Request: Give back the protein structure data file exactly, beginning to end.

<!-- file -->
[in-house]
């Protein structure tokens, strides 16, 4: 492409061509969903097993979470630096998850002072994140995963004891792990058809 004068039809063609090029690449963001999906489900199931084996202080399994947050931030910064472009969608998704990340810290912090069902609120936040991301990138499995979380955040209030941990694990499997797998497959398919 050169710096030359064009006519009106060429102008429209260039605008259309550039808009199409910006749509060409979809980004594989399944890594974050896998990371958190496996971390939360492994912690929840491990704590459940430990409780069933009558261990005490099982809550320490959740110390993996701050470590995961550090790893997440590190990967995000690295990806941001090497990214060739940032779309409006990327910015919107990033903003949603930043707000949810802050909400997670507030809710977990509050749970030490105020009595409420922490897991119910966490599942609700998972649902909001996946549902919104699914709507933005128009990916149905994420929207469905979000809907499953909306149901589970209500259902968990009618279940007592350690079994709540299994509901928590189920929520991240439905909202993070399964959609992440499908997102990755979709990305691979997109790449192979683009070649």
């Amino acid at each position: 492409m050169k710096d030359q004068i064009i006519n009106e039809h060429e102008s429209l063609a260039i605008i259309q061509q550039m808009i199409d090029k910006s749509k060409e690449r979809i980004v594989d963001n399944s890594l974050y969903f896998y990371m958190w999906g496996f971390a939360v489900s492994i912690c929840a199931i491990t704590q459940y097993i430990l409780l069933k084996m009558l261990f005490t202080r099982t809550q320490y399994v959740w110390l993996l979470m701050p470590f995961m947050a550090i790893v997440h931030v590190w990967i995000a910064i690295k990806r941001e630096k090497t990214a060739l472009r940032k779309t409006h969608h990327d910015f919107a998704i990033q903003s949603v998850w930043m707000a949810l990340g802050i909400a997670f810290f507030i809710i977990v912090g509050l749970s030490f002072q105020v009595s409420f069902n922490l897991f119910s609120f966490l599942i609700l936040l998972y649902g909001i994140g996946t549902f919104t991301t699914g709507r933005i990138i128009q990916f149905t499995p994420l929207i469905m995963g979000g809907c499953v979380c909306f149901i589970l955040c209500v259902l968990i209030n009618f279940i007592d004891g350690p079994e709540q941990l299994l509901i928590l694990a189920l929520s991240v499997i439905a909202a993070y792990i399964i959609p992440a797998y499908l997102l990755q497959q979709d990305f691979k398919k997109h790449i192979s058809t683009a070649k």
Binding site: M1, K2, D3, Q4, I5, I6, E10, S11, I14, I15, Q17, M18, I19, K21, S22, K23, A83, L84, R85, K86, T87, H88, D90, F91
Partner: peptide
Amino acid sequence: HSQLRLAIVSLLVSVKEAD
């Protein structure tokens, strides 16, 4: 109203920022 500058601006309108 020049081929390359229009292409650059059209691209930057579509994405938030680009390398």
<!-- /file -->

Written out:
[in-house]
């Protein structure tokens, strides 16, 4: 492409061509969903097993979470630096998850002072994140995963004891792990058809 004068039809063609090029690449963001999906489900199931084996202080399994947050931030910064472009969608998704990340810290912090069902609120936040991301990138499995979380955040209030941990694990499997797998497959398919 050169710096030359064009006519009106060429102008429209260039605008259309550039808009199409910006749509060409979809980004594989399944890594974050896998990371958190496996971390939360492994912690929840491990704590459940430990409780069933009558261990005490099982809550320490959740110390993996701050470590995961550090790893997440590190990967995000690295990806941001090497990214060739940032779309409006990327910015919107990033903003949603930043707000949810802050909400997670507030809710977990509050749970030490105020009595409420922490897991119910966490599942609700998972649902909001996946549902919104699914709507933005128009990916149905994420929207469905979000809907499953909306149901589970209500259902968990009618279940007592350690079994709540299994509901928590189920929520991240439905909202993070399964959609992440499908997102990755979709990305691979997109790449192979683009070649």
């Amino acid at each position: 492409m050169k710096d030359q004068i064009i006519n009106e039809h060429e102008s429209l063609a260039i605008i259309q061509q550039m808009i199409d090029k910006s749509k060409e690449r979809i980004v594989d963001n399944s890594l974050y969903f896998y990371m958190w999906g496996f971390a939360v489900s492994i912690c929840a199931i491990t704590q459940y097993i430990l409780l069933k084996m009558l261990f005490t202080r099982t809550q320490y399994v959740w110390l993996l979470m701050p470590f995961m947050a550090i790893v997440h931030v590190w990967i995000a910064i690295k990806r941001e630096k090497t990214a060739l472009r940032k779309t409006h969608h990327d910015f919107a998704i990033q903003s949603v998850w930043m707000a949810l990340g802050i909400a997670f810290f507030i809710i977990v912090g509050l749970s030490f002072q105020v009595s409420f069902n922490l897991f119910s609120f966490l599942i609700l936040l998972y649902g909001i994140g996946t549902f919104t991301t699914g709507r933005i990138i128009q990916f149905t499995p994420l929207i469905m995963g979000g809907c499953v979380c909306f149901i589970l955040c209500v259902l968990i209030n009618f279940i007592d004891g350690p079994e709540q941990l299994l509901i928590l694990a189920l929520s991240v499997i439905a909202a993070y792990i399964i959609p992440a797998y499908l997102l990755q497959q979709d990305f691979k398919k997109h790449i192979s058809t683009a070649k």
Binding site: M1, K2, D3, Q4, I5, I6, E10, S11, I14, I15, Q17, M18, I19, K21, S22, K23, A83, L84, R85, K86, T87, H88, D90, F91
Partner: peptide
Amino acid sequence: HSQLRLAIVSLLVSVKEAD
């Protein structure tokens, strides 16, 4: 109203920022 500058601006309108 020049081929390359229009292409650059059209691209930057579509994405938030680009390398």